rock_mit182
  • rock_mit182
A, B are matrices nxn; If A is NON-invertible matrix, A times B IS non-invertible as well. Please help me !
Mathematics
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SOLVED
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schrodinger
  • schrodinger
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beginnersmind
  • beginnersmind
Can you use determinants?
rock_mit182
  • rock_mit182
oh i see...
rock_mit182
  • rock_mit182
if A INVERSE does not exit then |A| =0

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rock_mit182
  • rock_mit182
So there are two cases when: B inverse exist and B inverse does't exist, in other words: |B| =! 0 OR |B| = 0 in any case : |AB| = |A|*|B|
rock_mit182
  • rock_mit182
WHICH alwas have to be zero given the condition of A
rock_mit182
  • rock_mit182
right ?
beginnersmind
  • beginnersmind
right
beginnersmind
  • beginnersmind
last step is to point out det(AB) = 0 -> AB is non-invertible
rock_mit182
  • rock_mit182
dude plz help me out with another question
beginnersmind
  • beginnersmind
Sure
rock_mit182
  • rock_mit182
show that A^2+2A = - I has inverse WHERE: A is nxn matrix; I is the identity matrix
beginnersmind
  • beginnersmind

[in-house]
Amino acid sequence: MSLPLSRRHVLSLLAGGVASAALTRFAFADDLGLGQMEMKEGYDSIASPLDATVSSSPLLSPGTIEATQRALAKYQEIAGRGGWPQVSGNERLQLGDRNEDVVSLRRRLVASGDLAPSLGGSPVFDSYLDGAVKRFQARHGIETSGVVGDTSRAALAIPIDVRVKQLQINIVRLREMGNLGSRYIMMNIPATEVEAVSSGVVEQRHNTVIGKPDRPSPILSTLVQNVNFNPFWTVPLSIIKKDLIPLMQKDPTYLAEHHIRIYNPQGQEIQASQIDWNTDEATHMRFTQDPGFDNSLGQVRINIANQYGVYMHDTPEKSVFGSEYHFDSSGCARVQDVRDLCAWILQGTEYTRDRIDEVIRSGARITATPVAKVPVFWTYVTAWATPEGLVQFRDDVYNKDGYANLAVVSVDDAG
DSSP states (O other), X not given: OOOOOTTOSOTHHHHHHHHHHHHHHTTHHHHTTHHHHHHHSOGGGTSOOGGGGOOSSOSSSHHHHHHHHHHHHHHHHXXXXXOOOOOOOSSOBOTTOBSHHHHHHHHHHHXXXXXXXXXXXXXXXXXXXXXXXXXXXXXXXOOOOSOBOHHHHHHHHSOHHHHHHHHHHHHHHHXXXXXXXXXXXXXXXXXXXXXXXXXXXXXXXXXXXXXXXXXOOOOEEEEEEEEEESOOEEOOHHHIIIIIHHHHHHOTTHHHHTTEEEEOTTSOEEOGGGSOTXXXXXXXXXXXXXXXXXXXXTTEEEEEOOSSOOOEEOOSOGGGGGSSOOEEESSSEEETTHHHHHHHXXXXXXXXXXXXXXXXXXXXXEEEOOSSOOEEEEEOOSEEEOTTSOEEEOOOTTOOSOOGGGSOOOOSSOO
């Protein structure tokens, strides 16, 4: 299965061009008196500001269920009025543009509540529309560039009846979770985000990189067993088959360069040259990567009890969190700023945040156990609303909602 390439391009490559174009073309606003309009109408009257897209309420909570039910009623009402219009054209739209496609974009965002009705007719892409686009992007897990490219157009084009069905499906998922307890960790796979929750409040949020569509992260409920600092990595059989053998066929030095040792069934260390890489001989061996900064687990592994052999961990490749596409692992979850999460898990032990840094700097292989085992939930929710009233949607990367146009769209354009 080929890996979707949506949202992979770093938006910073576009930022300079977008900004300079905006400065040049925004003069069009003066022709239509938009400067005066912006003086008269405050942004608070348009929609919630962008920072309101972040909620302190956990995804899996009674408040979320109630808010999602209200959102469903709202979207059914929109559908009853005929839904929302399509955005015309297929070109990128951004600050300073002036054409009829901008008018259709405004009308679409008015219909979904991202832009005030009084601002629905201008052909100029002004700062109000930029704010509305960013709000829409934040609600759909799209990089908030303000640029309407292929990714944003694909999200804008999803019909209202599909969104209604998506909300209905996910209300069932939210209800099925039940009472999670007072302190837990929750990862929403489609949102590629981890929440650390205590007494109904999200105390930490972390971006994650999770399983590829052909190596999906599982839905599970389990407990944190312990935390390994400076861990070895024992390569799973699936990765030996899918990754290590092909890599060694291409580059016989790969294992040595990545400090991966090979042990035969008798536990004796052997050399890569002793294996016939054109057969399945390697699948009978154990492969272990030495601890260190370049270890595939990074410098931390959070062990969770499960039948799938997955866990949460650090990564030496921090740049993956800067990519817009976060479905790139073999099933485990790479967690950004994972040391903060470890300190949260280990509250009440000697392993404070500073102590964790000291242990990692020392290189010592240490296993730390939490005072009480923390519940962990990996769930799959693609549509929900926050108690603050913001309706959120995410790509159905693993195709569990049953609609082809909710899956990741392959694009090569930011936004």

Hm, let me think.
rock_mit182
  • rock_mit182
of course
beginnersmind
  • beginnersmind
I guess you can do this one with determinants too :)
rock_mit182
  • rock_mit182
i guess on this one i only can use propeties of matrix..
beginnersmind
  • beginnersmind
Do we need to prove that A has an inverse or that A^2+2A does?
beginnersmind
  • beginnersmind
Anyway, I need to go, so I'll leave with a short proof with determinants From A^2 + 2A = -I, we have det(A)*det(A) + 2det(A) + det(I) = 0 substituting u = det(A) u^2 + 2u + 1 = 0, or detA = 1 or detA = -1, so in either case A is invertible. I don't have a non-determinant proof, but here's a hint: If you take the matrix A^2+2A = -I its rank is n. A^2 + 2A = (A +2I)(A), and now you can use some linear algebra that both A and A+2I are rank n.
beginnersmind
  • beginnersmind
u^2 + 2u + 1 = 0, or detA = 1 or detA = -1, CORRECTION u = -1, or detA = -1
rock_mit182
  • rock_mit182
thanks dude

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